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Tue, 18 Oct 2016 3:30 pm - 5:00 pm


Bio-Psychosocial Factors and Mental Illness

These presentations are the first in a series to help facilitate collaborations by connecting scientists with methodological, content, or other expertise needed to complete current or future projects. Each of these presenters has a project for which additional expertise is needed. Is it possible that you are that person? Do you think you might know people in your research network who can help them? If so, please join us! There will be a 10-15-minute presentation followed by a 5-minute Q&A for each speaker. After the presentations are over there will be time to talk with the speakers individually or network with other attendees.

Aysenil Belger, PhD
Professor and Director of Neuroimaging Research
UNC Department of Psychiatry
Professor, Duke-UNC Brain Imaging and Analysis Center


Neurobiological Substrates of Stress Effects On Adolescent Brain and Cognition

Adolescence is a critical period of brain maturation. It is also a critical period for life changes that expose individuals to psychosocial stressors, including peer-pressure and substance abuse. Adolescence is also a critical period of the onset of debilitating mental illness, including psychosis and mood disorders. Recent evidence suggests a potentially causal link between exposure to psychosocial stressors and individual differences in stress vulnerability and resilience in the onset of these disorders. The overarching goal of our research is to understand factors that impact aberrant stress reactivity and recovery, as well as history of psychosocial stressors that contribute to poor cognitive capacity and inset of neuropsychiatric symptoms in adolescence. We use converging evidence across multiple measurement methods, including functional and structural neuroimaging, brain electrophysiological recordings, neurobiological markers of stress and puberty, clinical screening and neurocognitive evaluations to inform about the relationship between mental health markers and neurophysiological and cognitive factors in adolescents 9-16 years of age.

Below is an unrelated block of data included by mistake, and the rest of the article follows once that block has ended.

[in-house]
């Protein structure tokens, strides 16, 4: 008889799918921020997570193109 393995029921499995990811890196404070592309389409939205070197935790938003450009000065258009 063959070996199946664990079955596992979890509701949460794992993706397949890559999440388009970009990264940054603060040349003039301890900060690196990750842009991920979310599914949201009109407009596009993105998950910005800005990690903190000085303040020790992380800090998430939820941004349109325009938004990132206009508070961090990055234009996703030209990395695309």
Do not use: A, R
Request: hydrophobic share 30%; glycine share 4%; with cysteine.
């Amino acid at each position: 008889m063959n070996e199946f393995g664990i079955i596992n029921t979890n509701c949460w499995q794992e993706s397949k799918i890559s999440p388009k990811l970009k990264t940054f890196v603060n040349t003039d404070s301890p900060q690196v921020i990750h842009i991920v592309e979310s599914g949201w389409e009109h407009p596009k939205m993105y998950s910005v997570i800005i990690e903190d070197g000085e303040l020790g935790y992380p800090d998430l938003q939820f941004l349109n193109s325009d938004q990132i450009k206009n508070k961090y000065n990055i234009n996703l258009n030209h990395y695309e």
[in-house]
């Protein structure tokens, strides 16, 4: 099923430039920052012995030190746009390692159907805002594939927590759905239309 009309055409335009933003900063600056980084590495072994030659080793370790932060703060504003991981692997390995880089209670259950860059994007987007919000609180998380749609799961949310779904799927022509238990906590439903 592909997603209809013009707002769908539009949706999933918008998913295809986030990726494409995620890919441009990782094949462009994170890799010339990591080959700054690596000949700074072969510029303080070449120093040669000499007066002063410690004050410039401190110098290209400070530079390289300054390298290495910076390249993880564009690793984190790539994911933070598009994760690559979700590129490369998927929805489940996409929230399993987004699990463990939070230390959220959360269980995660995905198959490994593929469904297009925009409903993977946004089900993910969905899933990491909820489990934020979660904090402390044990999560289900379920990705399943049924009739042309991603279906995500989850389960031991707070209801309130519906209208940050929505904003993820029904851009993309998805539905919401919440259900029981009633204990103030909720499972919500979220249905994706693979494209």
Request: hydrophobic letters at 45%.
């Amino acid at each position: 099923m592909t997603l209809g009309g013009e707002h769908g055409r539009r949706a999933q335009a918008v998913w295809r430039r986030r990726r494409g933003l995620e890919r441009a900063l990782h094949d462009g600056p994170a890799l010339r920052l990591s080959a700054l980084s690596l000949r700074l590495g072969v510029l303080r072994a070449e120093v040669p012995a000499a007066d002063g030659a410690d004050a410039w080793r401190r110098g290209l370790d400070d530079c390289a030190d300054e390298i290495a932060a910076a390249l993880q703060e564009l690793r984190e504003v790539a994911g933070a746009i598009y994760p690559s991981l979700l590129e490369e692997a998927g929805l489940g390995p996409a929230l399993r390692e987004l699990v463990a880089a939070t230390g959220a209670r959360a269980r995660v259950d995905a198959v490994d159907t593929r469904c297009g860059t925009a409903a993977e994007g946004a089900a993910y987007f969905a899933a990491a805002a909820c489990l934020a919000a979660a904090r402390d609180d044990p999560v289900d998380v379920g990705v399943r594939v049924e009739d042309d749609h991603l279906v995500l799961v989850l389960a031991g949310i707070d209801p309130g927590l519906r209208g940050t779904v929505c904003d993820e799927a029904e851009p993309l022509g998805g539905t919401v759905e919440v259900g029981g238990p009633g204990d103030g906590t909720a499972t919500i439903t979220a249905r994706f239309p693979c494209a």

We are looking for researchers who can bridge us to better understand other complex factors that might contribute to the emergence of symptoms in adolescence and how these might interact with stress circuits. We are seeking collaborators who could add expertise in multiple areas to our project: understanding the impact of early childhood trauma on adolescent brain and behavior; expertise in engineering and biomedical solutions to real-time measurement of physiological responses; expertise in biostatistical modeling of complex multidimensional longitudinal data. We are also looking for collaborators who would be willing to pursue new complementary funding opportunities with us.

Hudson Santos, PhD, RN
Assistant Professor, UNC School of Nursing


Understand the underlying bio-psychosocial mechanisms driving depressive processes in mothers from underserved populations

Emerging evidence shows that mood disorders can be plausibly conceptualized as networks of causally interacting symptoms rather than as latent variables where symptoms are passive indicators. In this talk, I will introduce an empirical application of network analysis to estimate the network structure of 20 perinatal depressive (PND) symptoms. Further, I will show two proof-of-principle analyses: incorporating stress-related and reproductive hormone variables into the network, and comparing the network structure of PND symptoms between healthy and depressed women. We analyzed a cross-sectional sample of 515 Latina women at the second trimester of pregnancy.